McGHEE v. HEALTHCARE SERVICES GROUP INC. et al
ORDER denied 11 Motion to Dismiss. Signed by JUDGE RICHARD SMOAK on 3/2/2011. (sea)
IN THE UNITED STATES DISTRICT COURT NORTHERN DISTRICT OF FLORIDA PANAMA CITY DIVISION
KENNETH MCGHEE, Plaintiff, vs. HEALTHCARE SERVICES GROUP, INC., SOVEREIGN HEALTHCARE OF BONIFAY, LLC, and NANCY HALL, Defendants. _________________________________________/ CASE NO. 5:10cv279/RS-EMT
ORDER Before me is Defendants Nancy Hall and Sovereign Healthcare of Bonifays motion to dismiss (Doc. 11). I. STANDARD OF REVIEW In order to overcome a motion to dismiss, a plaintiff must allege enough facts to state a claim to relief that is plausible on its face. See Bell Atlantic Corp. v. Twombly, 550 U.S. 544, 127 S. Ct. 1955 (2007). Granting a motion to dismiss is appropriate if it is clear that no relief could be granted under any set of facts that
could be proven consistent with the allegations of the complaint. Hishon v. King & Spalding, 467 U.S. 69, 104 S. Ct. 2229, 2232 (1984). I must construe all allegations in the complaint as true and in the light most favorable to the plaintiff. Shands Teaching Hosp. and Clinics, Inc. v. Beech Street Corp., 208 F.3d 1308, 1310 (11th Cir. 2000), citing Lowell v. American Cyanamid Co., 177 F.3d 1228, 1229 (11th Cir. 1999). II. BACKGROUND Plaintiff was employed by Defendant Healthcare Services Group ("Healthcare"). Healthcare was under contract with Defendant Sovereign Healthcare of Bonifay ("Bonifay") as a vendor. Plaintiffs position was to oversee the cleanliness of the Bonifay facility. Plaintiffs wife was employed by Bonifay, and in May of 2009 filed a charge of discrimination with the Florida Commission on Human Rights and the Equal Employment Opportunity Commission, alleging that Bonifay discriminated against her on the basis of her disability. Plaintiff alleges that in retaliation for his wifes protected activity he was terminated by his employer, Healthcare, at the request of Defendant Hall and Defendant Bonifay. Plaintiff now brings claims against Defendants Bonifay and Hall for tortious interference with a business relationship, and a claim against Defendant Bonifay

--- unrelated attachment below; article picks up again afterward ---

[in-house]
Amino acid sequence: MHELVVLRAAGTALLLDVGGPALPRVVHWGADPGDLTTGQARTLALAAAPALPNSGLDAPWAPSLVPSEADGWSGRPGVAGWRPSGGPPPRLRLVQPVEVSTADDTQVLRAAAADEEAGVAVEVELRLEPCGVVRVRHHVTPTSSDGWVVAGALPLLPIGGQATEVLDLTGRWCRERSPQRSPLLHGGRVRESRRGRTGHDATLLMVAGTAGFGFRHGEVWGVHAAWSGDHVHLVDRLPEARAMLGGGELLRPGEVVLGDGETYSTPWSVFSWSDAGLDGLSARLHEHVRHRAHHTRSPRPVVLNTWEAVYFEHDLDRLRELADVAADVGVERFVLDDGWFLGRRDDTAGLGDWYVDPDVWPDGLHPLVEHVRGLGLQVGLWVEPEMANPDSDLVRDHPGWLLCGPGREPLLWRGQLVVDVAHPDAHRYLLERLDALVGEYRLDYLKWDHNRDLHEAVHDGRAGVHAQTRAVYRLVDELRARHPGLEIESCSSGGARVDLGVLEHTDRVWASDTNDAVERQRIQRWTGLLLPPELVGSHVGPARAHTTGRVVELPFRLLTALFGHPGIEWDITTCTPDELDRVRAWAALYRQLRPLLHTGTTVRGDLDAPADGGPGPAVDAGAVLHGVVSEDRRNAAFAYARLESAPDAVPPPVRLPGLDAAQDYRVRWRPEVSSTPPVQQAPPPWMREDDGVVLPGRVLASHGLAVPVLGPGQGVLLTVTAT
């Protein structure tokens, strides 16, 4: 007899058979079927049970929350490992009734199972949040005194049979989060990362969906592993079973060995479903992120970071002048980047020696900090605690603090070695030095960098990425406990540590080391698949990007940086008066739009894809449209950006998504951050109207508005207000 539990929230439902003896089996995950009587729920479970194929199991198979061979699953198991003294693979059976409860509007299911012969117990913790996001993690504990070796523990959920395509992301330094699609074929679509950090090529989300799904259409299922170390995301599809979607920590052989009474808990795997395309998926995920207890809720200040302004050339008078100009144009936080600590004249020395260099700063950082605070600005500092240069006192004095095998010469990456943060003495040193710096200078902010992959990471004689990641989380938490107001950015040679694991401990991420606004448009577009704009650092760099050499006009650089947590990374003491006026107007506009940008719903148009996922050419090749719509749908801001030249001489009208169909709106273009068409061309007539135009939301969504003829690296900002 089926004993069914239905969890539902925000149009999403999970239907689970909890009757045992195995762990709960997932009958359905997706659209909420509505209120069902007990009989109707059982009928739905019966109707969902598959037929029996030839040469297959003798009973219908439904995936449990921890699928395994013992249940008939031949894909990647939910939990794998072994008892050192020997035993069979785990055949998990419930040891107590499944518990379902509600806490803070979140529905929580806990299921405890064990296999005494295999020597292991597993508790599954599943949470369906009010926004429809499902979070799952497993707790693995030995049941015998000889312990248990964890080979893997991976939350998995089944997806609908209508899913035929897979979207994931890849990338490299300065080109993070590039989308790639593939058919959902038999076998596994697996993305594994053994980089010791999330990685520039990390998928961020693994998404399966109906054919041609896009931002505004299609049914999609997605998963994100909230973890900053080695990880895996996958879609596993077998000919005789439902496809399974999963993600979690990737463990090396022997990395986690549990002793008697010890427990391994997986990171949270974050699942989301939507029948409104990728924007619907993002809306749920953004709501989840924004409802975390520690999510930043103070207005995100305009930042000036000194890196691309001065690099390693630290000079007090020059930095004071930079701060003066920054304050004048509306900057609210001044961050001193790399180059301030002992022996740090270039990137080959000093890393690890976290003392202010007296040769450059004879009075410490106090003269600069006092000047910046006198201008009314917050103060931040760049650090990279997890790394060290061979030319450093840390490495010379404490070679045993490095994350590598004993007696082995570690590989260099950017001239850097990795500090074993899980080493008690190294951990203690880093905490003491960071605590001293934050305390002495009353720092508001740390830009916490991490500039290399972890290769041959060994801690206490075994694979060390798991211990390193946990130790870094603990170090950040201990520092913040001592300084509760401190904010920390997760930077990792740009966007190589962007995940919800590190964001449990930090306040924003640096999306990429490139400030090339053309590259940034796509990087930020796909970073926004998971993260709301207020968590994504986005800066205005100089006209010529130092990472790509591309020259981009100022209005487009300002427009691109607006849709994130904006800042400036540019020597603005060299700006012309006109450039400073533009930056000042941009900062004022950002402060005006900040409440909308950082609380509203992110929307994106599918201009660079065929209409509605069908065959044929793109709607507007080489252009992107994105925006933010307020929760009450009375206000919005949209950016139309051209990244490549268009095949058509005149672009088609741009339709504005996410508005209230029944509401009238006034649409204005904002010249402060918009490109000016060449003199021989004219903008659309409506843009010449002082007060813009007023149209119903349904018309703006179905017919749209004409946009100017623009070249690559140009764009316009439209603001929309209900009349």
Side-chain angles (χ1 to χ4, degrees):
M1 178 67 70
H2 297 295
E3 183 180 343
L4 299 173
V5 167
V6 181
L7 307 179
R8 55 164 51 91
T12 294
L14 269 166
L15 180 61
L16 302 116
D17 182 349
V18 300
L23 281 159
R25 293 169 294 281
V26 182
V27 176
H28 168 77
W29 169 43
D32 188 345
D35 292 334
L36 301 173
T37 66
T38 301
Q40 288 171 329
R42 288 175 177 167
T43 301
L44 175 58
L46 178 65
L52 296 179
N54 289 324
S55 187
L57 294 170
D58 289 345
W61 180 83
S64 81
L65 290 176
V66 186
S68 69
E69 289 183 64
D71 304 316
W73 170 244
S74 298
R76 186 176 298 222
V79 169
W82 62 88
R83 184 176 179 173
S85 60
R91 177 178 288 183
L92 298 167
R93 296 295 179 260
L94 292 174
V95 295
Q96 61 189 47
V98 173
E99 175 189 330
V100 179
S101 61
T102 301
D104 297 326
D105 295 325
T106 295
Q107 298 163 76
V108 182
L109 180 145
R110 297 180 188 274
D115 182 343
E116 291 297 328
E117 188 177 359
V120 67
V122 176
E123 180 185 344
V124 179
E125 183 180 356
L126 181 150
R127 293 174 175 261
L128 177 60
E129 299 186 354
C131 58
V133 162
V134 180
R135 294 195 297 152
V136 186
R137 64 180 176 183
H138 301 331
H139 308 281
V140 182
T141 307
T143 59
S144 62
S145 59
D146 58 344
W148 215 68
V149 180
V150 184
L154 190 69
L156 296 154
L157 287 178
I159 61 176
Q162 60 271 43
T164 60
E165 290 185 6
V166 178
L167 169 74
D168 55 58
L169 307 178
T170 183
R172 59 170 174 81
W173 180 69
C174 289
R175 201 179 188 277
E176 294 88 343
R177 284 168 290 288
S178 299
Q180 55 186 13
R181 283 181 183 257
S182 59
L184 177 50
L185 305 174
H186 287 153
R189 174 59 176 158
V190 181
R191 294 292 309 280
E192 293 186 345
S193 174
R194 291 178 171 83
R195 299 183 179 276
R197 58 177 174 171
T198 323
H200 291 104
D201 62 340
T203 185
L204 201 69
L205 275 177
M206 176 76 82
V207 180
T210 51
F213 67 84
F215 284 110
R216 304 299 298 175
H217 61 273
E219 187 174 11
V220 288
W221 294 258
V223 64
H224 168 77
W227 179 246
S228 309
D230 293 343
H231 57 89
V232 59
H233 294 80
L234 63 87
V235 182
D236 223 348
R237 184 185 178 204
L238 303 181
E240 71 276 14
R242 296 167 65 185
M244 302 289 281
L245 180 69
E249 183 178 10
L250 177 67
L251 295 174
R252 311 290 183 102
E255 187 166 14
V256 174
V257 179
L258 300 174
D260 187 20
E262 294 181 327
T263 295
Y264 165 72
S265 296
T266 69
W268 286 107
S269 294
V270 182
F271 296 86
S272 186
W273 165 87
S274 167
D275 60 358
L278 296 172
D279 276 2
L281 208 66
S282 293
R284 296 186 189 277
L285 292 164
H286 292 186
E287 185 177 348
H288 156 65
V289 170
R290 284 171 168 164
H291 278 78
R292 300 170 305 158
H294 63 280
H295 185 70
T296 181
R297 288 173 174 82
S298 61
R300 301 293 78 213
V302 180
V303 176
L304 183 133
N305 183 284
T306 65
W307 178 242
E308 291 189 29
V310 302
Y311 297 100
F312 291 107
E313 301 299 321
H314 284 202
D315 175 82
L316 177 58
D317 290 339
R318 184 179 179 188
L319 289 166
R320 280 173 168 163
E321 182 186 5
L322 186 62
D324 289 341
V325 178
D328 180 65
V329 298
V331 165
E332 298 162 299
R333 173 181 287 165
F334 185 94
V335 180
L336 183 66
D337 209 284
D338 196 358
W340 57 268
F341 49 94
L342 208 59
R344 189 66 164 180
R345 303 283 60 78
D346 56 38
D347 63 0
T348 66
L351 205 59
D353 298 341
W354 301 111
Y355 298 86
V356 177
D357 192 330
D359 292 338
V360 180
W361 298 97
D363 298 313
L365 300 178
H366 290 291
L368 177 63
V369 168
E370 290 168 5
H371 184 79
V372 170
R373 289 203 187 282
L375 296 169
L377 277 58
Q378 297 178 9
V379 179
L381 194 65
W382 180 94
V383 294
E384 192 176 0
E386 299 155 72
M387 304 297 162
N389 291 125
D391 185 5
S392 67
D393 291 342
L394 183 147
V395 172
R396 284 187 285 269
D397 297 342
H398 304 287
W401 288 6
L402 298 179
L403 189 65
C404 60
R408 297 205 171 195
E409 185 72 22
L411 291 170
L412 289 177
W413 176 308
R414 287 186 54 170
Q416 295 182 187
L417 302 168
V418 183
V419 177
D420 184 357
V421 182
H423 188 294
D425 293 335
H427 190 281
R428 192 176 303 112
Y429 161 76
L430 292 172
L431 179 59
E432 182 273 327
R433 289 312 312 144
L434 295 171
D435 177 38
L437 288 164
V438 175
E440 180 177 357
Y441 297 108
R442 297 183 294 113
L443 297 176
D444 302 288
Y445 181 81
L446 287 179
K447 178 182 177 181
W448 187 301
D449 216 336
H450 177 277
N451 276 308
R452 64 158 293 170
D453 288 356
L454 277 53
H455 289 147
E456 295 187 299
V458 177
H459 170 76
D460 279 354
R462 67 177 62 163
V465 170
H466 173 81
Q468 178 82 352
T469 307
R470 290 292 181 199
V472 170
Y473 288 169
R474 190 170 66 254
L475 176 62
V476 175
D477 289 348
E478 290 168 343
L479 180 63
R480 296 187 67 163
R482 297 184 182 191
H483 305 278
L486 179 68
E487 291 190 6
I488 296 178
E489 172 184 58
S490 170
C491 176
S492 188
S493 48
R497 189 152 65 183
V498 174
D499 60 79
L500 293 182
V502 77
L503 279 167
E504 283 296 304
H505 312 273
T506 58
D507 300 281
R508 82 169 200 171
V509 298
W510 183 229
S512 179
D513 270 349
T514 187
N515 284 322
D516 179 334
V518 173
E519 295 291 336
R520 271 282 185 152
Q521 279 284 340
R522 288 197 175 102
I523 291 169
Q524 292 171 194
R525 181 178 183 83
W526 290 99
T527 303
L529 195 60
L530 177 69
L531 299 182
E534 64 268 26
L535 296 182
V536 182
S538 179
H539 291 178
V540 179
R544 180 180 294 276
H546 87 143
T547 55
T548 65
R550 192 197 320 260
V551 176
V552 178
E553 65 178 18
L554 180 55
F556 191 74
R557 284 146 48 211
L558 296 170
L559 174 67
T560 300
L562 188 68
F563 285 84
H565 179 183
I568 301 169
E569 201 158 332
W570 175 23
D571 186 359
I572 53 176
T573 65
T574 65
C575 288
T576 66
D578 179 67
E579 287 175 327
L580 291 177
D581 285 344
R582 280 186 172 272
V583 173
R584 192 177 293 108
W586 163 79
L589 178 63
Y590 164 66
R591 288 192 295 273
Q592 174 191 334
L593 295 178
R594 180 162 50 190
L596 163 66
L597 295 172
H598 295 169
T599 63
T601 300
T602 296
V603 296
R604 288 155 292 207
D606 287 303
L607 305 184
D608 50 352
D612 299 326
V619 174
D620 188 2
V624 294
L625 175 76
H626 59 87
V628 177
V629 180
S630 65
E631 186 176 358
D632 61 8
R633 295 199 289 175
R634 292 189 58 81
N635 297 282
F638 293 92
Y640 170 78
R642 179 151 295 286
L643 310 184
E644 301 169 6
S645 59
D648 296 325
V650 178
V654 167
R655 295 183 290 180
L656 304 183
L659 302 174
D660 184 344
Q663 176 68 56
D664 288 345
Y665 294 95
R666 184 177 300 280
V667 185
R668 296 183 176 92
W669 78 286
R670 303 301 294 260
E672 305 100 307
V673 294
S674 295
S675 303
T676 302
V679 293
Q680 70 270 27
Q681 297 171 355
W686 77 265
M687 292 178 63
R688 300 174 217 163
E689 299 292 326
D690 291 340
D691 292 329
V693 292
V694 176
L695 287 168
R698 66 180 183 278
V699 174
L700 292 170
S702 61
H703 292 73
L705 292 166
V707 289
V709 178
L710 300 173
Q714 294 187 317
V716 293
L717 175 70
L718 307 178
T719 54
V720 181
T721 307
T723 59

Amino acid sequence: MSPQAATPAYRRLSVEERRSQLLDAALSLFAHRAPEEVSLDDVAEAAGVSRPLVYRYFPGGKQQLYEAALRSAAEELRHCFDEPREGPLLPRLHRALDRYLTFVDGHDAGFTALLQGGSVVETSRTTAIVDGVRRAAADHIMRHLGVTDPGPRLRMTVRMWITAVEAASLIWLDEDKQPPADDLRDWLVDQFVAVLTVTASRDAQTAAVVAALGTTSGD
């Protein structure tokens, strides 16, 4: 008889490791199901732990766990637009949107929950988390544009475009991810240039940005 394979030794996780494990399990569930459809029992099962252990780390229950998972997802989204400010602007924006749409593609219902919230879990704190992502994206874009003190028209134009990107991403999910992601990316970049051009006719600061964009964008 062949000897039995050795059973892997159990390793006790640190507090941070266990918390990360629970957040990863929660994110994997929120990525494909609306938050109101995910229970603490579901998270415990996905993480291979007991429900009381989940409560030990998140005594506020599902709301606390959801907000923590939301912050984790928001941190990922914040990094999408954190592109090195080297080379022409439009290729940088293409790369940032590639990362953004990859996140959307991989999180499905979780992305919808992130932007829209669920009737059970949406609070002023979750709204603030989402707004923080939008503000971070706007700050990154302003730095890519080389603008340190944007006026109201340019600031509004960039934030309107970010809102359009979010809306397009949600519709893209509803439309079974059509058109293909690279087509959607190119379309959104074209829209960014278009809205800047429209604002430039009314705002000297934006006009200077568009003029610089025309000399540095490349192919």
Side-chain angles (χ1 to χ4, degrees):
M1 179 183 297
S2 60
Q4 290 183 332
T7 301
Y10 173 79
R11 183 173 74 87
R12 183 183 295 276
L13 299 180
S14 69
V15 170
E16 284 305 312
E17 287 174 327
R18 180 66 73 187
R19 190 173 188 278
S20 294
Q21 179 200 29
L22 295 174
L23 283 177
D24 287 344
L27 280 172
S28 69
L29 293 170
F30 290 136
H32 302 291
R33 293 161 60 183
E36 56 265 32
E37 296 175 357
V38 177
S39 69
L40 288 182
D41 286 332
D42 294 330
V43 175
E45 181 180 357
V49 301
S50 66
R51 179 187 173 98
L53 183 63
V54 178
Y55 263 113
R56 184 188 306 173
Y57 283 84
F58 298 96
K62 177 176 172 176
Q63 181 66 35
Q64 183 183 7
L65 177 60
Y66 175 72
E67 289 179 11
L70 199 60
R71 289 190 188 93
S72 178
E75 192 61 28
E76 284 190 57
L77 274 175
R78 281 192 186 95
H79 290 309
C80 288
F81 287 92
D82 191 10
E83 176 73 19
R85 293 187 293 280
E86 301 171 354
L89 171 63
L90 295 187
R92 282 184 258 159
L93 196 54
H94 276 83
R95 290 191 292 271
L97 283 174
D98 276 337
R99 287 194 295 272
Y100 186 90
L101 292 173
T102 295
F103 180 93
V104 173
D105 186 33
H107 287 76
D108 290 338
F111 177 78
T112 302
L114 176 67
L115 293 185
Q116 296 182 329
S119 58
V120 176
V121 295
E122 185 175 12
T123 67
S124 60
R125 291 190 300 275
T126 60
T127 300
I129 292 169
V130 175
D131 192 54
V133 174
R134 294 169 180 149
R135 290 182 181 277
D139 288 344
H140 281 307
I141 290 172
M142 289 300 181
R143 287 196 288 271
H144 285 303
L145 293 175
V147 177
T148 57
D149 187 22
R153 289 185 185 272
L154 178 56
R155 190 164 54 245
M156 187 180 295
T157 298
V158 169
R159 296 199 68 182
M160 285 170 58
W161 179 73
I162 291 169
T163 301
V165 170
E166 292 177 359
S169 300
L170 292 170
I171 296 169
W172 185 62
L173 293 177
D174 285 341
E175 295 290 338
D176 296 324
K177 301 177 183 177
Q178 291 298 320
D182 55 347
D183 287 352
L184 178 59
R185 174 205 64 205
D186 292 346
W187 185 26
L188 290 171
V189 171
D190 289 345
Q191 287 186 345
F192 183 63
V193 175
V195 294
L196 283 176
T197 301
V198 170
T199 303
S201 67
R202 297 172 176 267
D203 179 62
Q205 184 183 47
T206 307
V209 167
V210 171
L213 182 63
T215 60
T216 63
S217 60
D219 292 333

for retaliation. Defendants Hall and Bonifay have moved for dismissal of all counts against them.1 III. ANALYSIS Tortious Interference with a Business Relationship The elements of tortious interference with a business relationship are: (1) the existence of a business relationship, not necessarily evidenced by an enforceable contract, under which the plaintiff has legal rights; (2) the defendants knowledge of the relationship; (3) an intentional and unjustified interference with the relationship by the defendant; and (4) damage to the plaintiff as a result of the interference. Salit v. Ruden, 742 So.2d 381, 385 (Fla. 4th DCA 1999). For the interference to be "unjustified" under the third element, the interfering defendant must be "a third party, a stranger to the business relationship." Id. at 386. Defendants argue that Plaintiffs claims for tortious interference should be dismissed because Bonifay and Hall are not third parties to the contractual relationship between Bonifay and Healthcare; therefore, their interference fails to satisfy the third element. See id. However, it is clear from Plaintiffs complaint that the business relationship with which Plaintiff alleges Defendants interfered is the employment relationship between Plaintiff and Healthcare. Bonifay and Hall
Defendants motion is entitled "Motion to Dismiss Third Amended Complaint with Prejudice" and consistently refers to Plaintiffs "third amended complaint." (Doc. 11). Plaintiff has only filed one amended complaint (Doc. 8). Therefore, I construe Defendants motion as a motion to dismiss Plaintiffs first amended complaint.